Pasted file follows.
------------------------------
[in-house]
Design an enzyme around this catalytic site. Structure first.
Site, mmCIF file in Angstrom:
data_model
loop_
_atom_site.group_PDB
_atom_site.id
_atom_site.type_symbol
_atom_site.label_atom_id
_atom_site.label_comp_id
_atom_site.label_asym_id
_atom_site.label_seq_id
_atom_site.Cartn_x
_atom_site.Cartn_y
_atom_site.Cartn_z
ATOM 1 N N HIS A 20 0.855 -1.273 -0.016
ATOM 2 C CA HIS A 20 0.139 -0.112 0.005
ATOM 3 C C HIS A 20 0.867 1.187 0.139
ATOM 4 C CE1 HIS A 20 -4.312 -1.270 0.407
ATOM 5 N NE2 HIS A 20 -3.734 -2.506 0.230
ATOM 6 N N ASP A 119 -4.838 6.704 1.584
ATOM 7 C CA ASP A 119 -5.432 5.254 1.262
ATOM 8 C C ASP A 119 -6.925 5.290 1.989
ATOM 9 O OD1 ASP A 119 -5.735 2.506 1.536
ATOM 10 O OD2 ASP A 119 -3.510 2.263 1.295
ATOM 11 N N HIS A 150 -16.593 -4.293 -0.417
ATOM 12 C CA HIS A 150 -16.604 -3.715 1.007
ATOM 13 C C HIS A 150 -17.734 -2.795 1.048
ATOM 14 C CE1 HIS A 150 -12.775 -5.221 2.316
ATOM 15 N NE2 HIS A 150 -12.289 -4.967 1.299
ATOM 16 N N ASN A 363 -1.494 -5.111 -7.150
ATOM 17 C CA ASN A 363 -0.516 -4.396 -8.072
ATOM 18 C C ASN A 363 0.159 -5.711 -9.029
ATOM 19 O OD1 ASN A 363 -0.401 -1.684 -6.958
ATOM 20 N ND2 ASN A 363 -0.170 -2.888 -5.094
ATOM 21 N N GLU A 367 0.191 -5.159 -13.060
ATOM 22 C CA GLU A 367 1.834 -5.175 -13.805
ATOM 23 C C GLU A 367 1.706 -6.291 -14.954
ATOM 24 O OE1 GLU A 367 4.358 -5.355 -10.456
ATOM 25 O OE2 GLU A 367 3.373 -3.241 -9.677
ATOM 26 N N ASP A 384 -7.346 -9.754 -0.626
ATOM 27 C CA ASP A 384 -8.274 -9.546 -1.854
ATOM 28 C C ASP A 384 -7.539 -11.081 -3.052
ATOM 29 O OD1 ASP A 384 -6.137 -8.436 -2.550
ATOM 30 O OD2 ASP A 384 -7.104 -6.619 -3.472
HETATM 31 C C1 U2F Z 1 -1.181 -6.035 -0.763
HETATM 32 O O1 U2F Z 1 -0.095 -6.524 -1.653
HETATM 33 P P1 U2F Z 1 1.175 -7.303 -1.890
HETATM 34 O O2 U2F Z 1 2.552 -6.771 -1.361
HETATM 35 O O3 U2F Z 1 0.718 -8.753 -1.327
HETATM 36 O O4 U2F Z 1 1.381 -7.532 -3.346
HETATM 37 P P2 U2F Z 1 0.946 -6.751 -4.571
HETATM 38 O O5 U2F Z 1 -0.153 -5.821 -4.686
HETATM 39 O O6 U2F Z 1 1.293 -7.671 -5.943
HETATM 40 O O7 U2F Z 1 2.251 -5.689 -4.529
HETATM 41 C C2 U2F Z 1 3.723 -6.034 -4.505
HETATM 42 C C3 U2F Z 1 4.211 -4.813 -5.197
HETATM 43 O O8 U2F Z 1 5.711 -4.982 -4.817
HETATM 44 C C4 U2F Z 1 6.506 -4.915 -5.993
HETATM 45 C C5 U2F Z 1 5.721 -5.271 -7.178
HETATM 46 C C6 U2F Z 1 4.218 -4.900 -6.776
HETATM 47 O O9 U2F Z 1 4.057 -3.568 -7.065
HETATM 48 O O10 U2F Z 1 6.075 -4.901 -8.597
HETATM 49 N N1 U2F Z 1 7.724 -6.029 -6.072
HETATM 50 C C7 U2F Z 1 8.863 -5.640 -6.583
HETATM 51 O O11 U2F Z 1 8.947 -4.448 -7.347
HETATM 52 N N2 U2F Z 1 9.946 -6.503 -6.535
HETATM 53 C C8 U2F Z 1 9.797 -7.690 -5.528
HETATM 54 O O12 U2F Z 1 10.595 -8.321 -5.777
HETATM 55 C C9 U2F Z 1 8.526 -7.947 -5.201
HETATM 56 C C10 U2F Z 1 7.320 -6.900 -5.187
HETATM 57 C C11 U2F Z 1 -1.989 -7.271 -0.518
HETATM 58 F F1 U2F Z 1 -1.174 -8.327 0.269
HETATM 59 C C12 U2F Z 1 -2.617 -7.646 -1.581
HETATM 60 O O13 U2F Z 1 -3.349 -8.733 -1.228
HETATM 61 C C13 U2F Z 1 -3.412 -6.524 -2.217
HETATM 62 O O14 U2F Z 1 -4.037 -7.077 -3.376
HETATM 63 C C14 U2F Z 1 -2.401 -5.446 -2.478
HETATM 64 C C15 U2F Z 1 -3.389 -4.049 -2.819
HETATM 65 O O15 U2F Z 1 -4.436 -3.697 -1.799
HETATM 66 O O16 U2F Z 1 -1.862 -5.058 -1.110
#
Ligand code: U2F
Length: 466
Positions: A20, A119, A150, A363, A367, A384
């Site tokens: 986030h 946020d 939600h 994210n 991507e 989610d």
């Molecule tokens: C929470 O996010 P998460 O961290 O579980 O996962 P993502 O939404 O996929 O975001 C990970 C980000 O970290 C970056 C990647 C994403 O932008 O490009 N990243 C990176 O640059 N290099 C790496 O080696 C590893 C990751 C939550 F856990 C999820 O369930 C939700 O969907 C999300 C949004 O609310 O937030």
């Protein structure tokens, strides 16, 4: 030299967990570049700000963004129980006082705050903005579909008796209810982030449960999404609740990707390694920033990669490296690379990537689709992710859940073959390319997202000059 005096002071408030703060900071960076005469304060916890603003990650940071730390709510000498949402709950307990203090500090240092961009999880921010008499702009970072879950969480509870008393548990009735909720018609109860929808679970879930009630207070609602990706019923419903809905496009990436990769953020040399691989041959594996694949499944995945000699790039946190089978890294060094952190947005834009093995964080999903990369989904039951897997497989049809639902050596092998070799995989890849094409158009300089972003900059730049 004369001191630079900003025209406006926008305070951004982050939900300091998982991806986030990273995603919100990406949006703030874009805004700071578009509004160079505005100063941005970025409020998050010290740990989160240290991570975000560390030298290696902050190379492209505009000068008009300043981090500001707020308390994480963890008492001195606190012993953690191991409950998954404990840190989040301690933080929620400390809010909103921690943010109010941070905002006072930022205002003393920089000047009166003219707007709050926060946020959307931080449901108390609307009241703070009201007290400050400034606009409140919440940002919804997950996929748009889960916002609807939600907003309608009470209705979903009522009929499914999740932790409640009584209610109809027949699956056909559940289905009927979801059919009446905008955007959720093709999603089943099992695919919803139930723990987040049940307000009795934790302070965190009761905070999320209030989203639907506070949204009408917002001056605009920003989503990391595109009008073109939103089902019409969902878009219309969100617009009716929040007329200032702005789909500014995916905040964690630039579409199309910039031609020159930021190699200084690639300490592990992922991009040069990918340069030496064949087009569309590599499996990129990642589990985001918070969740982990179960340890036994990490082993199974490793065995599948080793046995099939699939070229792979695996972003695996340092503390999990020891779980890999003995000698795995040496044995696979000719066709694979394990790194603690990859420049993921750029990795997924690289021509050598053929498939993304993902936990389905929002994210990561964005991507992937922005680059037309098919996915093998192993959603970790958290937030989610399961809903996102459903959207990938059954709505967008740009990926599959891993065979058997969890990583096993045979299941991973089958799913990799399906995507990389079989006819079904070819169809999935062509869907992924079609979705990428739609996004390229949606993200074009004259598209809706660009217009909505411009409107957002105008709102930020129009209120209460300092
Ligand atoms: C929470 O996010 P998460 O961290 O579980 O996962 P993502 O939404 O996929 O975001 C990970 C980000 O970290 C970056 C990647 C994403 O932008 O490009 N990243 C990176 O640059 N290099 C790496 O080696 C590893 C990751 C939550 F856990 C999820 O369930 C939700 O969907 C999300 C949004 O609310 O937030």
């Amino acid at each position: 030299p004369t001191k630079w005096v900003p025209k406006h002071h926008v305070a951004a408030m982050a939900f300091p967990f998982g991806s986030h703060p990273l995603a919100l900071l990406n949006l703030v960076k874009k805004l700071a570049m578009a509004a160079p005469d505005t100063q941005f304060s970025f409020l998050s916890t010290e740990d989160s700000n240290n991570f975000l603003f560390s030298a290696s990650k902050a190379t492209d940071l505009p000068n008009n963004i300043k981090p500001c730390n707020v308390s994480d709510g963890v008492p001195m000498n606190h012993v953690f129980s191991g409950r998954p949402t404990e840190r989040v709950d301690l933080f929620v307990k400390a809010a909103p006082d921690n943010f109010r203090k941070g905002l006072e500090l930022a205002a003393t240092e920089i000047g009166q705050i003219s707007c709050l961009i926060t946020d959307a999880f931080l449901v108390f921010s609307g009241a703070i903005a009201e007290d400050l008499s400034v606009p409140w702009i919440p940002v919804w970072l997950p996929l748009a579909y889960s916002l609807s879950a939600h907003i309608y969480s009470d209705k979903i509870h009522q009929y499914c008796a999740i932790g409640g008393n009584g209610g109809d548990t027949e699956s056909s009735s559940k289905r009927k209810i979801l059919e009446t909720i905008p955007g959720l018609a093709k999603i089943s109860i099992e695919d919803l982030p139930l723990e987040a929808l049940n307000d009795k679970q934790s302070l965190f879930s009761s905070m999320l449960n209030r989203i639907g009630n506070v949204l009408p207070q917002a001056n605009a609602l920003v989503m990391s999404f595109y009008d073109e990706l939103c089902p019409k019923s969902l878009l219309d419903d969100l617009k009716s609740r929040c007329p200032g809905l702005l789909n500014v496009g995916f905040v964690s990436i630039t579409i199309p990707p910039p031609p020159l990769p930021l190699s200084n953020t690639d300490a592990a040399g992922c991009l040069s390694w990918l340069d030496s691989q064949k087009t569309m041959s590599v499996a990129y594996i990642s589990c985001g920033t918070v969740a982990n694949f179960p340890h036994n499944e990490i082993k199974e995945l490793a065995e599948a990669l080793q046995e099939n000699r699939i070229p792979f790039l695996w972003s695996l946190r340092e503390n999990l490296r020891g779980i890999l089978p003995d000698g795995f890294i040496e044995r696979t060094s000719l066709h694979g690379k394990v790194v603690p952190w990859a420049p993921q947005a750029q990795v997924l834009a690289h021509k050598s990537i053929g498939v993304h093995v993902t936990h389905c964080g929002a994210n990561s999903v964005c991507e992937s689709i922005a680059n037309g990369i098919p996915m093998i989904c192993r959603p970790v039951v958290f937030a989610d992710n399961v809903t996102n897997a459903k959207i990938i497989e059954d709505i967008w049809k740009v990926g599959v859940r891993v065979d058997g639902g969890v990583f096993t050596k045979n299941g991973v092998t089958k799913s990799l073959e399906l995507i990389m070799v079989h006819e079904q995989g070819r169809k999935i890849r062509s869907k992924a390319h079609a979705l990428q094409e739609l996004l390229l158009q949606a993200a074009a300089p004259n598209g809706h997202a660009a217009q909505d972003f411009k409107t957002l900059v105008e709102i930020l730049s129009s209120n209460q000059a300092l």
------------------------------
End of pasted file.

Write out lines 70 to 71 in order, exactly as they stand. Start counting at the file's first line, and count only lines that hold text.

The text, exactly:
HETATM 55 C C9 U2F Z 1 8.526 -7.947 -5.201
HETATM 56 C C10 U2F Z 1 7.320 -6.900 -5.187